Chapter 5: Historical Foundations: Chapter 5: Historical Foundations Trace the history of physical education, exercise science, and sport from earliest times to the present.
Identify events that served as catalysts for physical education, exercise science, and sport’s growth.
What are recent developments in physical education, exercise science, and sport? The Field of Sport History: The Field of Sport History Emerged as a subdiscipline in the late 1960s
and early 1970s.
“… field of scholarly inquiry with multiple and often intersecting foci, including exercise, the body, play, games, athletics, sports, physical recreations, health, and leisure.” (Struna)
How has the past shaped sport and its experiences today?
1973: North American Society for Sport History held its first meeting. Sample Areas of Study...: Sample Areas of Study... How did urbanization influence the development of sports in America?
How did the sports activities of Native Americans influence the recreational pursuits of the early colonists?
How have Greek ideals influences the development of sportsmanship? Ancient Nations: China: Ancient Nations: China Influence of isolation due to topography and Great Wall
Influence of Taoism, Confucianism, and Buddhism which stressed the contemplative life
Physical activity meant individual freedom of expression, which was contrary to the ancient teachings.
Con Fu gymnastics: To keep the body in good organic condition and ward off certain diseases caused by inactivity.
Activities: wrestling, jujitsi, boxing, ts’ u chu, ch’ui wan, shuttlecoach, and kite flying Ancient Nations: India: Ancient Nations: India Strong religious influence of Buddism and Hinduism.
Focus on spiritual needs, not the needs of the body and worldly things.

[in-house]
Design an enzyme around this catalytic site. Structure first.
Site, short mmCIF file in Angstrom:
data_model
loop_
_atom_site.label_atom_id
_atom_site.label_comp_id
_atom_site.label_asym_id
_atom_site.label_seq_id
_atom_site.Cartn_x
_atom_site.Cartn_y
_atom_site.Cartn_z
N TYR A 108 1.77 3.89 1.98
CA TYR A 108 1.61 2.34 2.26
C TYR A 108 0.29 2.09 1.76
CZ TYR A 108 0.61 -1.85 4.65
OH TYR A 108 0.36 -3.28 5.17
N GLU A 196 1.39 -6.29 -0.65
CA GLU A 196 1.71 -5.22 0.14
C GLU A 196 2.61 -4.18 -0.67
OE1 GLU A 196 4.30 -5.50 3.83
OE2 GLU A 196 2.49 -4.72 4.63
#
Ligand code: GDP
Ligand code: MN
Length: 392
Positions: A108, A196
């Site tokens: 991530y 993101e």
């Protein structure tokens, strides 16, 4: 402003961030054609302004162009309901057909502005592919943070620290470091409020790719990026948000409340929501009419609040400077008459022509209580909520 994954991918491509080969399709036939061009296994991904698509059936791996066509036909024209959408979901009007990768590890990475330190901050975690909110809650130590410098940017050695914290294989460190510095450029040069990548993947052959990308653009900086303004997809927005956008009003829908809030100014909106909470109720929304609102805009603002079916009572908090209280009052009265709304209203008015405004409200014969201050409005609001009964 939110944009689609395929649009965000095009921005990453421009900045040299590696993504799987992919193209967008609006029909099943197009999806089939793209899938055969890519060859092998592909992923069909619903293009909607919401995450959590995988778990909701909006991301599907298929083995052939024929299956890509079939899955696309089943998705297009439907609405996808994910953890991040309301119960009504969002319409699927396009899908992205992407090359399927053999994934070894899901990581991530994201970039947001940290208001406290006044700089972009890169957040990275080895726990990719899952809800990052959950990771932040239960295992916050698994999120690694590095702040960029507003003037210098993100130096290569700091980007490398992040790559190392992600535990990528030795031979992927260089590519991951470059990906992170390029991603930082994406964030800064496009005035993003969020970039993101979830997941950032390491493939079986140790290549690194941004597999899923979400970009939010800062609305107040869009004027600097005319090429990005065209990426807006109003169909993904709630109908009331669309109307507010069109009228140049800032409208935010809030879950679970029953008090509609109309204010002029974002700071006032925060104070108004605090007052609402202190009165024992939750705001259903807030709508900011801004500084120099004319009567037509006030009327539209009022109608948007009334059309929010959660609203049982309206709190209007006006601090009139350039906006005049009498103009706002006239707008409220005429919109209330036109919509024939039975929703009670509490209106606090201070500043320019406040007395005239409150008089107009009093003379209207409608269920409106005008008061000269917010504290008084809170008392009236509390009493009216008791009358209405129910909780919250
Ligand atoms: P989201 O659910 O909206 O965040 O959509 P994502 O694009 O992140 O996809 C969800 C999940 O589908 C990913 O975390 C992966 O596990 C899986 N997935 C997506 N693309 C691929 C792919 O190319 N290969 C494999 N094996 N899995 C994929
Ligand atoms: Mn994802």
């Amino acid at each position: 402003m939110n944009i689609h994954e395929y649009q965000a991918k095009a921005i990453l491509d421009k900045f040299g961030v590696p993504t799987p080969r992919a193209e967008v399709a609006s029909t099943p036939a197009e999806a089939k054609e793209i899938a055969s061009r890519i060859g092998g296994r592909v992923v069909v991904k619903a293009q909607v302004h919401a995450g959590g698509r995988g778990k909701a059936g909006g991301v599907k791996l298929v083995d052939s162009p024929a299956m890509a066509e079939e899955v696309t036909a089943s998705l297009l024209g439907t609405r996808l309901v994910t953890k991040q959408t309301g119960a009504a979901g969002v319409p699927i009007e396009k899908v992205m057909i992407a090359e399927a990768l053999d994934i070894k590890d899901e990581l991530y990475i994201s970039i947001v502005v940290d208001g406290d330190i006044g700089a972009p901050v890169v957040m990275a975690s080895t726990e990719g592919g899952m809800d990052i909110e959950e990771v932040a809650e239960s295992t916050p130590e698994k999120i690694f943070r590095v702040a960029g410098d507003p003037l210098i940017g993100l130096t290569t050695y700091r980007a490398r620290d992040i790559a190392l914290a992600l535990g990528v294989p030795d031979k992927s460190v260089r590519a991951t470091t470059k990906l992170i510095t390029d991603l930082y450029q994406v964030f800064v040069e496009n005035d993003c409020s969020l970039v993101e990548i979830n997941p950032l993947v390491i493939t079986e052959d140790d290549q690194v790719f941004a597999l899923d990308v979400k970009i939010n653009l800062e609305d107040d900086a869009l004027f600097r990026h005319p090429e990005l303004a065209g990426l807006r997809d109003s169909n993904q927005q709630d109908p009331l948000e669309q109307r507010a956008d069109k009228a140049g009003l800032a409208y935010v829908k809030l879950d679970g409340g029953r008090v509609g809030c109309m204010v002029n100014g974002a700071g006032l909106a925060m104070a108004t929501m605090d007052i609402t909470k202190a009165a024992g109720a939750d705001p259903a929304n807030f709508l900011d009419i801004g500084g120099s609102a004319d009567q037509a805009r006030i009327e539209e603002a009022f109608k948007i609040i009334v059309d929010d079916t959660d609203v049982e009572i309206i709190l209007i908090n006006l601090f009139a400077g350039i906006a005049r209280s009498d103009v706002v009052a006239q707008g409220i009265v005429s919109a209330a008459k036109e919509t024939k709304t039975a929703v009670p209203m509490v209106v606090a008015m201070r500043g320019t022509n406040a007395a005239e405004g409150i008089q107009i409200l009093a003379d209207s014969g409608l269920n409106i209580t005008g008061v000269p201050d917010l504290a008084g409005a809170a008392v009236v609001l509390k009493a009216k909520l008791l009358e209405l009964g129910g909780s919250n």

Buddism emphasized right living and thinking, including self-denial, to help the soul reach a divine state.
Yoga, throwing, tumbling, chariot races, riding elephants and horses, marbles, swordsmanship, dancing, wrestling, foot races Ancient Nations: Ancient Near East: Ancient Nations: Ancient Near East Ancient Egypt, Assyria, Babylonia, Syria, Palestine, and Persia
believed in living a full life, including engaging in physical activity
Influence from the military to build a stronger army
Emphasize strength, stamina, endurance, agility for imperialistic means, not for the individual.
Gymnastics, horsemanship, bow and arrow, water activities, wrestling, jumping, hunting, fishing, physical conditioning for strength and stamina Greece: Greece “Golden Age” of physical education and sport
Striving for perfection, including physical development
Vital part of the education of every Greek boy
“Exercise for the body and music for the soul”
Gymnastics - courage, discipline, and physical well-being, a sense of fair play, and amateurism
National festivals Greece - Sparta: Greece - Sparta Main objective of physical education and sport was to build a powerful army.
Individuals were subservient to the state and required to defend the state against enemies.
Women and men were required to be in good physical condition.
agoge - a system of public, compulsory physical training for young boys
wrestling, jumping, running, javelin and discus, marching, horseback riding, and hunting Greece: Athens (Sparta’s antithesis): Greece: Athens (Sparta’s antithesis) Democratic government
Physical activity to develop bodies, for aesthetic value, and to live a more full, vigorous life.
Gymnastics practiced in a palaestra and supervised by a paidotribe.
Gymnasiums became the physical, social, and intellectual centers of Greece.
Instruction was given by a gymnast. Greece: National Festivals: Greece: National Festivals The foundation for the modern Olympic games.
Olympic Games first held in 776 B.C. and continued every 4 years until abolished by Romans in 394 A.D.
Conducted in honor of a hero or deity
Consisted of dancing, feasting, singing, and events of physical prowess